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    (Original post by Zain-A)
    Next five years should be fun then



    Thanks for explaining the anon thing! And yeah I see your point about the cardiology scope now, people in this school made it sound like if you didn't have the classic you were a mug who paid more for nothing so I ended up just getting the classic hahaha
    To be fair, the classic is more than good enough to get you through medical school. (The annoying thing is that the cardiology has better colours )
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    (Original post by plrodham1)
    Has anyone tried the cardiology IV yet? Seems to have only recently appeared though charges quite a bit more than the III and the master cardiology.
    It blocks out ambient sound a lot better than my old classic II, but that is probably confounded by the fact my classic II was all but completely knackered hence the need for a new stethoscope!
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    (Original post by Beska)
    It blocks out ambient sound a lot better than my old classic II, but that is probably confounded by the fact my classic II was all but completely knackered hence the need for a new stethoscope!
    I'm really in need of an update as i feel that the classic II is actually quite poor compared to a cardio III that i tried recently, just not quite sure if the cardiology IV will be worth the increase in price (though realistically this will probably be the last one i buy so might as well make it a good one to get through foundation and core training).
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    (Original post by Mrs House)
    3 weeks of endo done. Really interesting.

    Started renal today, renal physiology i feel like i've been hit by a bus
    I still don't quite get how it all changes in the loop of Henle....good luck with that!

    (Original post by kate4354)
    Guys which stethoscope would you advise for clinical years?

    And which size for the Oxford Handbook CM/cheese and onion version? There seems to be a very small pocket size and a slightly larger pocket size version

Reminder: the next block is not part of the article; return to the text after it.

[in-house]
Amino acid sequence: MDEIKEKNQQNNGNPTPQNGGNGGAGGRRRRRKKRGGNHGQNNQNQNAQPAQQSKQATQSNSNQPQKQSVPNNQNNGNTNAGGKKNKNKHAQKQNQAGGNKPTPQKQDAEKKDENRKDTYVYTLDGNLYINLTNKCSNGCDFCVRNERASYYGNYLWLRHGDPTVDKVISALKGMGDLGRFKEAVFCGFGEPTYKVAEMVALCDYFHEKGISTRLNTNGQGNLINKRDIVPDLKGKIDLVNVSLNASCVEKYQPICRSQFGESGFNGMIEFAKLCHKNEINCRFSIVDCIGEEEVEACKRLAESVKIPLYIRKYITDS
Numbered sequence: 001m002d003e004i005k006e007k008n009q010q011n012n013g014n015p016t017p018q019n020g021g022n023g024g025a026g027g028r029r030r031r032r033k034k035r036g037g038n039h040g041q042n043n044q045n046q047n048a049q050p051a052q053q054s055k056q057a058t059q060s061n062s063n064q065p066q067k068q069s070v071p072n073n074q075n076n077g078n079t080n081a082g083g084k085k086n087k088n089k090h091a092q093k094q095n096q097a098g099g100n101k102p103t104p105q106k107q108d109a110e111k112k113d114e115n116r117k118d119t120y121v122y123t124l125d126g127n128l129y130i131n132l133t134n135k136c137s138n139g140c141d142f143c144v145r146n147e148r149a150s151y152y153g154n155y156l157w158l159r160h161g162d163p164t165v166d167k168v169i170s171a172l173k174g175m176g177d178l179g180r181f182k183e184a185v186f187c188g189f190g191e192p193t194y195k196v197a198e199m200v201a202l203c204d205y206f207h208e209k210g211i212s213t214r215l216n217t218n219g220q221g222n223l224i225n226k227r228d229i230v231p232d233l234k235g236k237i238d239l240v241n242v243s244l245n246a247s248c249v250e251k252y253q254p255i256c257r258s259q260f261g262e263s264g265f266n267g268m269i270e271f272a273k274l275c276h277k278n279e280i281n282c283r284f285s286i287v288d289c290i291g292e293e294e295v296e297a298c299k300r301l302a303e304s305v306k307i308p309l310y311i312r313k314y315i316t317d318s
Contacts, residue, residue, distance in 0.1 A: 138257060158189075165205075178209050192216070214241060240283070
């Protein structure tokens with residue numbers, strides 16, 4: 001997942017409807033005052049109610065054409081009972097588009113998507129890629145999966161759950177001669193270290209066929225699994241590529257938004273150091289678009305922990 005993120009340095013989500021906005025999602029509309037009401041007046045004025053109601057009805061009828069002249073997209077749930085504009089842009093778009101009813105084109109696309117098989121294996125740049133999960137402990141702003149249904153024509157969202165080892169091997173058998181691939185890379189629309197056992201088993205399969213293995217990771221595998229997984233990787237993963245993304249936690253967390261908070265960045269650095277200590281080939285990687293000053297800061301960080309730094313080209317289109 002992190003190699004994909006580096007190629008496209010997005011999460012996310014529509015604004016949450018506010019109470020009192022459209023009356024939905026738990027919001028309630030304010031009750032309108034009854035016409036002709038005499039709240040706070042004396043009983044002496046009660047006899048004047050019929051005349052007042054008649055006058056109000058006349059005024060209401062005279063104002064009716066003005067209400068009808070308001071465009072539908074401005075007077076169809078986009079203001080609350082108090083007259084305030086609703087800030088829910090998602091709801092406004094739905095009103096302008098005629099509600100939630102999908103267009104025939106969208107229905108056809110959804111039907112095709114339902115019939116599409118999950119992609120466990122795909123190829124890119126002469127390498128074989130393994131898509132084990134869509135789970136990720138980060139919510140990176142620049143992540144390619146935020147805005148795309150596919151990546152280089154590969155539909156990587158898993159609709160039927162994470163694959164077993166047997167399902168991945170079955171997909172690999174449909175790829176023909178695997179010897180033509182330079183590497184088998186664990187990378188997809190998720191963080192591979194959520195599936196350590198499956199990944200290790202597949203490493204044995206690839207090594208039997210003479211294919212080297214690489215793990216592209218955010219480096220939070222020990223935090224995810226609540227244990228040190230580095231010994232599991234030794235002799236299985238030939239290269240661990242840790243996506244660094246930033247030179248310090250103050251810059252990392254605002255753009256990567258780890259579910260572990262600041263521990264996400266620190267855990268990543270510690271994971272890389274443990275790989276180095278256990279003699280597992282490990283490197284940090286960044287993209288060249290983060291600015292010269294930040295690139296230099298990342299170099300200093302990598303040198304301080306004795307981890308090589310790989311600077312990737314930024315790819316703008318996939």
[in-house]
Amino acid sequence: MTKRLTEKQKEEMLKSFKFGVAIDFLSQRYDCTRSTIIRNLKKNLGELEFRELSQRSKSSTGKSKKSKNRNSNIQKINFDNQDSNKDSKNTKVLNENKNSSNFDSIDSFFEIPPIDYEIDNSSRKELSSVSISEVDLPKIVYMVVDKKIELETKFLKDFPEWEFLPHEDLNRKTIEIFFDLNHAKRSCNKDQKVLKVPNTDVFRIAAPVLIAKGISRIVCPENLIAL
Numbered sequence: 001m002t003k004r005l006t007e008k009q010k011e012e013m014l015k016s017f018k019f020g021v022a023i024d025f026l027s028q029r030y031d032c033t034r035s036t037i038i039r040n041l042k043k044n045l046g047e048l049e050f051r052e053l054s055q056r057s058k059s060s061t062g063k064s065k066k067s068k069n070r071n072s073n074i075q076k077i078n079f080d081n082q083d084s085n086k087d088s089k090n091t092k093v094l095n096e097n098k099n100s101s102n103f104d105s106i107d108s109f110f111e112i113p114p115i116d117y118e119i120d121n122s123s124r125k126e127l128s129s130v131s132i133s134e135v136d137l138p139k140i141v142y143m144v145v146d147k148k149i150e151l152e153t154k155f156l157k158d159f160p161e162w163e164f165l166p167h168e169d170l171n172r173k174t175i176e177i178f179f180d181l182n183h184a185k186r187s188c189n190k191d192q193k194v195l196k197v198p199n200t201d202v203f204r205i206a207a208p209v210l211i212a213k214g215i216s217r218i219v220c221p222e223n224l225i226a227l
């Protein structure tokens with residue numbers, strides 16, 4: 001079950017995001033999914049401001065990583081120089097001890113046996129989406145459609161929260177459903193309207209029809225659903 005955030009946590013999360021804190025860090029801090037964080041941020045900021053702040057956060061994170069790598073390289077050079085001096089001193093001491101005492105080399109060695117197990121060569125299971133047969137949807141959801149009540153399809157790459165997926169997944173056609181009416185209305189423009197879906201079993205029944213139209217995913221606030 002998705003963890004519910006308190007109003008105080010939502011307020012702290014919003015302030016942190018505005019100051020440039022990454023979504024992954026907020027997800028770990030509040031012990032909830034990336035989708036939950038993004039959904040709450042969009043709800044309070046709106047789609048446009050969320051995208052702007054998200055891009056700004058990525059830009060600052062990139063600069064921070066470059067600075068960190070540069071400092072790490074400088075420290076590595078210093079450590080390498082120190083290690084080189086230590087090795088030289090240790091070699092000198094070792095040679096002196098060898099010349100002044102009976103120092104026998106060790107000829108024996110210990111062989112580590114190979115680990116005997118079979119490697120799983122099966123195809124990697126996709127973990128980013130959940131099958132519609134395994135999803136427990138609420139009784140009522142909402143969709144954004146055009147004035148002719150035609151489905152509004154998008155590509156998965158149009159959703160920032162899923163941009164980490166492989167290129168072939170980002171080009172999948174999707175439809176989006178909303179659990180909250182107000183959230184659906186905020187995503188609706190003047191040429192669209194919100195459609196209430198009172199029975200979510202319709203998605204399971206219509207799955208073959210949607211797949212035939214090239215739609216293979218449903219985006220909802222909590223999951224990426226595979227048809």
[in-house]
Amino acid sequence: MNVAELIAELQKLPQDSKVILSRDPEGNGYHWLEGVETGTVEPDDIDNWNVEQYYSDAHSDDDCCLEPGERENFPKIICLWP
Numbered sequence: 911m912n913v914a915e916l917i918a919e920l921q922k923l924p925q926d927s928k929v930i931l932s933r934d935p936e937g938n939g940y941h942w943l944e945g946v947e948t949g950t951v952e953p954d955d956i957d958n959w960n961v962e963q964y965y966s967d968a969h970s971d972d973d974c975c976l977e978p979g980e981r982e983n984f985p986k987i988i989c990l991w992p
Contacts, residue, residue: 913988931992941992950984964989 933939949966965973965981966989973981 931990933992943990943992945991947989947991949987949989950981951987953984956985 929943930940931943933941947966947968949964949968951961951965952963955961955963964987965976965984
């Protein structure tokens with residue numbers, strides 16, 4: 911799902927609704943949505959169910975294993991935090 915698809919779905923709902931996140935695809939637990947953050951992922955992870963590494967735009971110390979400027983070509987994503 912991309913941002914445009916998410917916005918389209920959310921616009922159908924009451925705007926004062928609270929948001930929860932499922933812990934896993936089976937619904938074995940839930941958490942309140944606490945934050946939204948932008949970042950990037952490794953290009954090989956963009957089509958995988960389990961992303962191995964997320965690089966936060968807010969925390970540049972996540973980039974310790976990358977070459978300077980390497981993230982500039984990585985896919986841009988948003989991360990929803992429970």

at my med school they advised us to get 'regular size' Oxford Handbook of CM, 8th edition. But that may be due to the fact that we have an open book exam coming up and Oxford Handbook of CM is the only one allowed :P
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    I finished my renal placement a little while ago, and I'm convinced you could be a nephrologist without really understanding how kidneys work.

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    (Original post by Nottie)
    at my med school they advised us to get 'regular size' Oxford Handbook of CM, 8th edition. But that may be due to the fact that we have an open book exam coming up and Oxford Handbook of CM is the only one allowed :P

    I adore my pocket sized version though! So handy. Not sure I could be arsed crawling back to my bag every time I wanted to check something.
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    (Original post by Hype en Ecosse)
    I finished my renal placement a little while ago, and I'm convinced you could be a nephrologist without really understanding how kidneys work.

    Posted from TSR Mobile
    Meh, as far as I'm concerned, there are still pixies in the loop of Henle.
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    Blood goes in one end, piss comes out the other.

    No blood = no piss.
    If blood present and no piss ?blocked tubes

    What more do you need?
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    Any advice appreciated on how not to look like a tit tomorrow morning.

    Been assigned to anaesthetics (to a paediatric/obstetric anaesthetist) but have literally no information beyond that from the med school/hospital. No info on where to go, or when, or to what operating theatre, what ward. It feels like a literal stab in the dark – I'm here for a week.

    Emailed the consultant this evening after finding out I'm there (had an authorised absence today so found out late), but unlikely they'll see it before tomorrow AM.

    Any ideas where best to go/ask/introduce myself to the anaesthetic team? Should I go for pre-op management somewhere, what time etc? Does this vary?

    Arghhh
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    (Original post by MJK91)
    Any advice appreciated on how not to look like a tit tomorrow morning.